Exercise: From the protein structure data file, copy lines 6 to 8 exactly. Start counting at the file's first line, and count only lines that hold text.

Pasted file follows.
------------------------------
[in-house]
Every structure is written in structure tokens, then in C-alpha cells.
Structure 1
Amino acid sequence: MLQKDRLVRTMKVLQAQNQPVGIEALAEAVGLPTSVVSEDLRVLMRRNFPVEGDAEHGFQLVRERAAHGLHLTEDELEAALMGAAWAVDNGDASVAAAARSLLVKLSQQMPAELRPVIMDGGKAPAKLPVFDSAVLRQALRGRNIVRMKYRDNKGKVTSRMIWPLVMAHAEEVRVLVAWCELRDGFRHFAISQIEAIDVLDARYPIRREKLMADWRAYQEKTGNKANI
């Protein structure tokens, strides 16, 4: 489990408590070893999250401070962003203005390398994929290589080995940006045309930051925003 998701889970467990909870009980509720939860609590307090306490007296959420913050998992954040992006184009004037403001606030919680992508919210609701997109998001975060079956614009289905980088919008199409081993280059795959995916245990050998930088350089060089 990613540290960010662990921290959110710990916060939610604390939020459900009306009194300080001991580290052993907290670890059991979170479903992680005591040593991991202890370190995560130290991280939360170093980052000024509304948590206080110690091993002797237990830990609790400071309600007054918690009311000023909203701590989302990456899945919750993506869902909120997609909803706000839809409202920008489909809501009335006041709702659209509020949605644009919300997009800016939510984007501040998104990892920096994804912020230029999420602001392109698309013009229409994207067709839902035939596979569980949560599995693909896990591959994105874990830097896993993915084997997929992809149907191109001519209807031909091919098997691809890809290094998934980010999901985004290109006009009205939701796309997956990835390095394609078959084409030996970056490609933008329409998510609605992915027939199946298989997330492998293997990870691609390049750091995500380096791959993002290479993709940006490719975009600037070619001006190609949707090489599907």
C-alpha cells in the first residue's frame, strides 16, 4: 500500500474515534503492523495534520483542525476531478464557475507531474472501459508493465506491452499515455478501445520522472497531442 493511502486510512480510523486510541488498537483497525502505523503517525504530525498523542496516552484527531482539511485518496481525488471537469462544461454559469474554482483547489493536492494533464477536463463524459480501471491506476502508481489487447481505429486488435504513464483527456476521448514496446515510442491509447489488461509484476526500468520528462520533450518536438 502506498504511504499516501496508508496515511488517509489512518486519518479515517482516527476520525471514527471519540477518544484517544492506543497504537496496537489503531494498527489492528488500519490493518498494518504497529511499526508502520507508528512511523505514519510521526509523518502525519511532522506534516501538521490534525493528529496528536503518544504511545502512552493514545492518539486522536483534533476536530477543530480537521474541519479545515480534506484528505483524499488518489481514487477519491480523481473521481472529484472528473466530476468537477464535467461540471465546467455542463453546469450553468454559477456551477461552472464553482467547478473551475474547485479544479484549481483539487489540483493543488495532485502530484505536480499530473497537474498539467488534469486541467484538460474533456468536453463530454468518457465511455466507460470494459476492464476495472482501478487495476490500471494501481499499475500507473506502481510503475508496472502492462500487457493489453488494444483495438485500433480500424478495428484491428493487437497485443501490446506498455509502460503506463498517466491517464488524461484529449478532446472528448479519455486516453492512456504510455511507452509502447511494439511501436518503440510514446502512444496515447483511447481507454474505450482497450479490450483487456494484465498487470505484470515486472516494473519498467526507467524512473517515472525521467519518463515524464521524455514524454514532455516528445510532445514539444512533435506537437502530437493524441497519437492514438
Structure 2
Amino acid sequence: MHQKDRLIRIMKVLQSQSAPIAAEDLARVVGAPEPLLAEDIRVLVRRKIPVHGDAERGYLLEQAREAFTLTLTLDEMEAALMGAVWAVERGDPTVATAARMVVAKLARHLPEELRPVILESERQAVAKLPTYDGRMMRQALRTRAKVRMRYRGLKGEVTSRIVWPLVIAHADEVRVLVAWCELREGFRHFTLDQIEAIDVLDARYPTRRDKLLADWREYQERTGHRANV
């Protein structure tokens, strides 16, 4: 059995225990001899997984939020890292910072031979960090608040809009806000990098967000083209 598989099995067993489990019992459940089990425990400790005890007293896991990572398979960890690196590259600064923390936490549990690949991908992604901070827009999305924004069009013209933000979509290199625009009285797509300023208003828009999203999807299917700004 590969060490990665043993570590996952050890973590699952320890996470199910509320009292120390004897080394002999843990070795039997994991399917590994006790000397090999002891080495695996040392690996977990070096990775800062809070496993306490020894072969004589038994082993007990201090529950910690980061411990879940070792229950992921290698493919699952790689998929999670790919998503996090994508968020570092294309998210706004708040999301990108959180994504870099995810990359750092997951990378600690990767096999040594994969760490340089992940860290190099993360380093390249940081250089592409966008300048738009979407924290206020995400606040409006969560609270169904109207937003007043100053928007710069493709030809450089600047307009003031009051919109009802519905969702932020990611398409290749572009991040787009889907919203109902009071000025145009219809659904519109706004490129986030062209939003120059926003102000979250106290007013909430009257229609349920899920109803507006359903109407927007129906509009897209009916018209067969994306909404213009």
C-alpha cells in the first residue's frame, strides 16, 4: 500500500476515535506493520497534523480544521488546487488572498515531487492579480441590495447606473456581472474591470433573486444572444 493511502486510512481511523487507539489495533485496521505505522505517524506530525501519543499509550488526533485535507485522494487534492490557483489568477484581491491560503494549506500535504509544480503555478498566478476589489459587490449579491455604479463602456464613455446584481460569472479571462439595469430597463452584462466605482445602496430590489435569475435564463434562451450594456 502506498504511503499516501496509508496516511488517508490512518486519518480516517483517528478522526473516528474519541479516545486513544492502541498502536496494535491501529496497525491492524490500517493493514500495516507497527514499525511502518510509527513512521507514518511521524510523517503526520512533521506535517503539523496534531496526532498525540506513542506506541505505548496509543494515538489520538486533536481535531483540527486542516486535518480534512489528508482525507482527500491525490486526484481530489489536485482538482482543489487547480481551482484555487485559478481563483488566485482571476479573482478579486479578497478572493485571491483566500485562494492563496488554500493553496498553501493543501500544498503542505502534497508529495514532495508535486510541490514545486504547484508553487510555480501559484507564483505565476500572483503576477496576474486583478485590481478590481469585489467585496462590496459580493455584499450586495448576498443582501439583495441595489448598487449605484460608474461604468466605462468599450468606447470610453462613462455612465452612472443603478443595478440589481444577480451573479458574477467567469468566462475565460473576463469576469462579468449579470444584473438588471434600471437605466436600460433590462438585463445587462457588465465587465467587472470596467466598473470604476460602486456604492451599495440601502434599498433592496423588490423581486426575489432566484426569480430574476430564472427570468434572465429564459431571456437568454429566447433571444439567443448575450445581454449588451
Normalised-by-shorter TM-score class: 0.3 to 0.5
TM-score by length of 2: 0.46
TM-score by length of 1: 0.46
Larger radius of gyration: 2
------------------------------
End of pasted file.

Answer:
C-alpha cells in the first residue's frame, strides 16, 4: 500500500474515534503492523495534520483542525476531478464557475507531474472501459508493465506491452499515455478501445520522472497531442 493511502486510512480510523486510541488498537483497525502505523503517525504530525498523542496516552484527531482539511485518496481525488471537469462544461454559469474554482483547489493536492494533464477536463463524459480501471491506476502508481489487447481505429486488435504513464483527456476521448514496446515510442491509447489488461509484476526500468520528462520533450518536438 502506498504511504499516501496508508496515511488517509489512518486519518479515517482516527476520525471514527471519540477518544484517544492506543497504537496496537489503531494498527489492528488500519490493518498494518504497529511499526508502520507508528512511523505514519510521526509523518502525519511532522506534516501538521490534525493528529496528536503518544504511545502512552493514545492518539486522536483534533476536530477543530480537521474541519479545515480534506484528505483524499488518489481514487477519491480523481473521481472529484472528473466530476468537477464535467461540471465546467455542463453546469450553468454559477456551477461552472464553482467547478473551475474547485479544479484549481483539487489540483493543488495532485502530484505536480499530473497537474498539467488534469486541467484538460474533456468536453463530454468518457465511455466507460470494459476492464476495472482501478487495476490500471494501481499499475500507473506502481510503475508496472502492462500487457493489453488494444483495438485500433480500424478495428484491428493487437497485443501490446506498455509502460503506463498517466491517464488524461484529449478532446472528448479519455486516453492512456504510455511507452509502447511494439511501436518503440510514446502512444496515447483511447481507454474505450482497450479490450483487456494484465498487470505484470515486472516494473519498467526507467524512473517515472525521467519518463515524464521524455514524454514532455516528445510532445514539444512533435506537437502530437493524441497519437492514438
Structure 2
Amino acid sequence: MHQKDRLIRIMKVLQSQSAPIAAEDLARVVGAPEPLLAEDIRVLVRRKIPVHGDAERGYLLEQAREAFTLTLTLDEMEAALMGAVWAVERGDPTVATAARMVVAKLARHLPEELRPVILESERQAVAKLPTYDGRMMRQALRTRAKVRMRYRGLKGEVTSRIVWPLVIAHADEVRVLVAWCELREGFRHFTLDQIEAIDVLDARYPTRRDKLLADWREYQERTGHRANV